The Indiana Supreme Court is set to hear argument in several cases this week, including a man’s post-conviction appeal of his three separate sentences for murder in Floyd County.
Justice will hear argument in William Clyde Gibson, III v. State of Indiana, No. 22S00-1601-PD-00009 at 10:30 a.m. Thursday. Gibson was convicted of murder in three separate cases. He was sentenced to death in two of those cases and to a term of 65 years in the third case. Gibson’s two death sentences were affirmed on direct appeal in Gibson v. State, 43 N.E.3d 231 (Ind. 2015) and Gibson v. State, 51 N.E.3d 204 (Ind. 2016), respectively.
Subsequently, the Floyd Superior Court denied Gibson’s petitions for post-conviction relief in all three cases following a combined evidentiary hearing. Gibson appealed in all three cases. His two capital cases come directly to the high court, with the third as a petition to transfer after the Court of Appeals affirmed the denial of post-conviction relief in Gibson v. State, No. 22A01-1711-PC-2528 (Ind. Ct. App. July 16, 2018).
Justices will also hear argument at 9 a.m. Thursday in Derrick T. Cardosi v. State of Indiana, No. 18S-LW-00181. Derrick Cardosi was sentenced to life without parole in Newton County for three counts of murder, two counts of Level 5 felony assisting a criminal and Level 6 felony auto theft.
On appeal, Cardosi contests his convictions and LWOP sentence in . He argues the evidence was insufficient to support some of the convictions. Cardosi also contends the trial court erred by failing to adequately admonish the jurors during separations and after the case was submitted to them, by admitting statements of a co-conspirator, by instructing jurors on accomplice liability and by sentencing him based on non-statutory aggravating circumstances.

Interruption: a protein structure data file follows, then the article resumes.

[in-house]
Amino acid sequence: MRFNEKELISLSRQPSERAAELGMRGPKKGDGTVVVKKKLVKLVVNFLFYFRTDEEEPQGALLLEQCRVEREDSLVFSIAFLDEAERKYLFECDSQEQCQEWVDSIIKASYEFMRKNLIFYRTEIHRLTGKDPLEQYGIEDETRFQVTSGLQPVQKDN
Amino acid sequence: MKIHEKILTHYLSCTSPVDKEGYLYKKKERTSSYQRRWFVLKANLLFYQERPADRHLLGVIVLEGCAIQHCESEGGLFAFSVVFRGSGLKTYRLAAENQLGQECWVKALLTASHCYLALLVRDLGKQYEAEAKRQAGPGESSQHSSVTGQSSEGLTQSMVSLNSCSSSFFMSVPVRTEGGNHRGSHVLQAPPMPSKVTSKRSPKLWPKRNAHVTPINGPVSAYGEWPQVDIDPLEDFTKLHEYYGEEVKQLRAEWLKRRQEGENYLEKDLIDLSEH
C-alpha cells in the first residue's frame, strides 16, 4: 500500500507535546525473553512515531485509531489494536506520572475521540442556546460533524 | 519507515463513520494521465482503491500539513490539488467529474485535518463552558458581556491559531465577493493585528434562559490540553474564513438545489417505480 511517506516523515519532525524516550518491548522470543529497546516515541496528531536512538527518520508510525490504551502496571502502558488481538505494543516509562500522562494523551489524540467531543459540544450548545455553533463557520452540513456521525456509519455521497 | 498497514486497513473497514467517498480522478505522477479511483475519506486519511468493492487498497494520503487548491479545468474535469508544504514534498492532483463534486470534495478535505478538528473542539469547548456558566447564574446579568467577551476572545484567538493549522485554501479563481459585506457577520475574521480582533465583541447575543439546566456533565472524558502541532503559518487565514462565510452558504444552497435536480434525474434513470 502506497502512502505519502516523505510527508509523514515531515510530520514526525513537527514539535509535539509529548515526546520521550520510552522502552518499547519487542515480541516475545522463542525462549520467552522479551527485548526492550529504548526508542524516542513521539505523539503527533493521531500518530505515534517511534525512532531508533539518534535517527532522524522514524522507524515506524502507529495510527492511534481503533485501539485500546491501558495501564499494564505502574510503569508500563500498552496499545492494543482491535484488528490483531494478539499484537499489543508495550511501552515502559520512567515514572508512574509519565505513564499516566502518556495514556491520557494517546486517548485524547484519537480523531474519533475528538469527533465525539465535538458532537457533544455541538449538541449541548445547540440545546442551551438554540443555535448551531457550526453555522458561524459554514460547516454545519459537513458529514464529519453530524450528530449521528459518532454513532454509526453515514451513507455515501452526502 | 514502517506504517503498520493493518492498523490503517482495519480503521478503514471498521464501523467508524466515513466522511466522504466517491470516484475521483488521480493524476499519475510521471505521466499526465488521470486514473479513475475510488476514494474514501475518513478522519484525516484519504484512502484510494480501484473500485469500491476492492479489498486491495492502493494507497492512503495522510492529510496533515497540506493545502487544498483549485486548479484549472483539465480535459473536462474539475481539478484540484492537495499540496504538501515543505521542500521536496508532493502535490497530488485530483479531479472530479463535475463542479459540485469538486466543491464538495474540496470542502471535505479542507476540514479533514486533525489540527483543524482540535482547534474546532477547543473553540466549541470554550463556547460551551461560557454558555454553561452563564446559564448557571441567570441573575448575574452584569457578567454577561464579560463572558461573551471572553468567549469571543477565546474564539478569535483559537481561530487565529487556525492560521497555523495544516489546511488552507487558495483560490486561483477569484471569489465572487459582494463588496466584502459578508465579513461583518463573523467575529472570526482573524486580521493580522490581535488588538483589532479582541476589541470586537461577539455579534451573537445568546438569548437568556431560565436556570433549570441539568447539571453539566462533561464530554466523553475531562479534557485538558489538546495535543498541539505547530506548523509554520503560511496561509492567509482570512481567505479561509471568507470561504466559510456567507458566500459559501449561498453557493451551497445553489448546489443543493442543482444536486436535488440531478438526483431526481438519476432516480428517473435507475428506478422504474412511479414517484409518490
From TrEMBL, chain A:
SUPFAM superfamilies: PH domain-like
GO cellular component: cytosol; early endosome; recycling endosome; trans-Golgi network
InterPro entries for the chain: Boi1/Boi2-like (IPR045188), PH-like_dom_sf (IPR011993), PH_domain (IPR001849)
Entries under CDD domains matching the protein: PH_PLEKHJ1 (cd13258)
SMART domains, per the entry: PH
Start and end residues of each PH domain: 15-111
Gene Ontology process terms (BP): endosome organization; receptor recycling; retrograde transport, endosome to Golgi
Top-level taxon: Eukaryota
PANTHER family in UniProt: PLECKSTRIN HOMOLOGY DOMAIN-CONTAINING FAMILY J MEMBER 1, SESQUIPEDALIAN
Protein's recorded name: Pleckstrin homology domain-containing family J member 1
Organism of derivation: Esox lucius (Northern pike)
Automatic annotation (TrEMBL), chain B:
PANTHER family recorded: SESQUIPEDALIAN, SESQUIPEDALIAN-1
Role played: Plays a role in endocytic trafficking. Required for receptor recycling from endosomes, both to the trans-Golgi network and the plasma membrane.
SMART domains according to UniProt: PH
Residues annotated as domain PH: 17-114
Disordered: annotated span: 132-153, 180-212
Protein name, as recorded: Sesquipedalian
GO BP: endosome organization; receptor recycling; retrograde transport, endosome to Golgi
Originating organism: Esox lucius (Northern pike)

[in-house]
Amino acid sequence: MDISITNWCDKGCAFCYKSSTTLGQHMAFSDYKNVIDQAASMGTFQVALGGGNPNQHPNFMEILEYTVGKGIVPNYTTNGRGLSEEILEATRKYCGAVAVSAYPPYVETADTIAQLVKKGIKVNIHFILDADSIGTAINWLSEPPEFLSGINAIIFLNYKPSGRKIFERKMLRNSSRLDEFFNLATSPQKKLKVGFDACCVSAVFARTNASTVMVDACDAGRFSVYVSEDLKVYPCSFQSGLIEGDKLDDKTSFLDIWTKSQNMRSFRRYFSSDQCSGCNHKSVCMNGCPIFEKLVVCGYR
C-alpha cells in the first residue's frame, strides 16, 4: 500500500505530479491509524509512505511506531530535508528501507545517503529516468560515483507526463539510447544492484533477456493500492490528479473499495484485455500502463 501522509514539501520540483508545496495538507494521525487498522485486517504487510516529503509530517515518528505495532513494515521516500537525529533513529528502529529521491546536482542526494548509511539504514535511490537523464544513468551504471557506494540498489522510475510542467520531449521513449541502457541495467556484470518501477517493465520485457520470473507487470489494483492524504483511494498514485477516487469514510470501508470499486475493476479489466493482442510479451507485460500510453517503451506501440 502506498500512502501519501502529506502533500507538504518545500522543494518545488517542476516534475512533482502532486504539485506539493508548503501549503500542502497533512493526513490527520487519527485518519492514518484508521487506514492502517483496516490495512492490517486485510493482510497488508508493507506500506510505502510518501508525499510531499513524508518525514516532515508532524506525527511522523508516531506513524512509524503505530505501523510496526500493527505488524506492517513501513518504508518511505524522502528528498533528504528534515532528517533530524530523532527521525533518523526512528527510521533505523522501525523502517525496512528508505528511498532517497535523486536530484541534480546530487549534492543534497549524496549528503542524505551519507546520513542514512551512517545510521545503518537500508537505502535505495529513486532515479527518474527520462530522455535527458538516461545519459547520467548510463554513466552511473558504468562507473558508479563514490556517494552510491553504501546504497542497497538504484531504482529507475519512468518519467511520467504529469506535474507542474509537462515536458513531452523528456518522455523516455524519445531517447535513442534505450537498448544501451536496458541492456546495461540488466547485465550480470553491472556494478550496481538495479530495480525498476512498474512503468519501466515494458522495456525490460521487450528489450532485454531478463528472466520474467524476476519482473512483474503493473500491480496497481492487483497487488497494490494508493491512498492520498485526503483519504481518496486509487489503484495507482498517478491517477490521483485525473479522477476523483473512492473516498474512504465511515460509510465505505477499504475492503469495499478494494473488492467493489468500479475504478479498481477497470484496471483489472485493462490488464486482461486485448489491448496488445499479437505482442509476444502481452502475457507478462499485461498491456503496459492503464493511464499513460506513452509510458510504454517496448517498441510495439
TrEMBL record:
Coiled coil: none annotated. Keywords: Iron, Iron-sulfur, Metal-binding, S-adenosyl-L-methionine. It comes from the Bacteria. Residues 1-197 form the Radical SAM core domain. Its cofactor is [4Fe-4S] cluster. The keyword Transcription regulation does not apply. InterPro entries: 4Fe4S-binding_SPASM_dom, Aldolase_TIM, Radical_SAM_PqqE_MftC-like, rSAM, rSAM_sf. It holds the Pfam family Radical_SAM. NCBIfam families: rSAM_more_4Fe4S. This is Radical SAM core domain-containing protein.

Additionally, justices will hear the case of Daniel T. O'Bryant, et al. v. Alan P. Adams, et al., No. 18S-PL-00584 at 9:45 a.m. Thursday. O’Bryant sued A.L.A. Trucking in the Madison Circuit Court, alleging breach of contract. A.L.A. filed a motion to dismiss the complaint under Trial Rule 12(B)(2) for lack of personal jurisdiction, arguing the complaint is barred because the contract includes a forum-selection clause requiring O’Bryant to sue in Texas, not Indiana.
The trial court dismissed the complaint, and the Indiana Court of Appeals affirmed, citing Rule 12(B)(2) and finding the forum selection clause unambiguous and enforceable, requiring O’Bryant to sue in Texas.